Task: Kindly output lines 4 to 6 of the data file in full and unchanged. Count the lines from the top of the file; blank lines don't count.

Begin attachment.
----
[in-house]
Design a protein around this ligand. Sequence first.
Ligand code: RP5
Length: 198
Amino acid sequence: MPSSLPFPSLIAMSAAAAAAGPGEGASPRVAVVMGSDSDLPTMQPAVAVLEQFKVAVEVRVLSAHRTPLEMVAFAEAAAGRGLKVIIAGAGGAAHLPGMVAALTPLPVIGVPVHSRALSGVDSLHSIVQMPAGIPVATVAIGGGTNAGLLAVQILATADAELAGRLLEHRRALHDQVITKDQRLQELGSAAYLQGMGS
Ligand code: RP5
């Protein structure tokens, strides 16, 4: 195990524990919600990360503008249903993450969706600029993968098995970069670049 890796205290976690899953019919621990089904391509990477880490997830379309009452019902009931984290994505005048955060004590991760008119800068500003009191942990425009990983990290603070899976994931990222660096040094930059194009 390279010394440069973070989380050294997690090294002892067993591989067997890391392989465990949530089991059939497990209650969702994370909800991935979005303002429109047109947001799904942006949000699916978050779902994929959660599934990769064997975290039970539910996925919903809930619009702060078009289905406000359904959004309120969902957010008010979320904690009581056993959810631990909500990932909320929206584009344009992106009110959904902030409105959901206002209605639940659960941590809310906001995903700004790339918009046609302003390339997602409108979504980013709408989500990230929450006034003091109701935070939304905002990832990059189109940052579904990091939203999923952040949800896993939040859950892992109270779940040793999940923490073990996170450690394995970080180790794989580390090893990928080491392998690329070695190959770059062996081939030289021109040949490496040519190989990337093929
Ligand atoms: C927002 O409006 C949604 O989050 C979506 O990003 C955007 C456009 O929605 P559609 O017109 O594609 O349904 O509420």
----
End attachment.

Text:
Length: 198
Amino acid sequence: MPSSLPFPSLIAMSAAAAAAGPGEGASPRVAVVMGSDSDLPTMQPAVAVLEQFKVAVEVRVLSAHRTPLEMVAFAEAAAGRGLKVIIAGAGGAAHLPGMVAALTPLPVIGVPVHSRALSGVDSLHSIVQMPAGIPVATVAIGGGTNAGLLAVQILATADAELAGRLLEHRRALHDQVITKDQRLQELGSAAYLQGMGS
Ligand code: RP5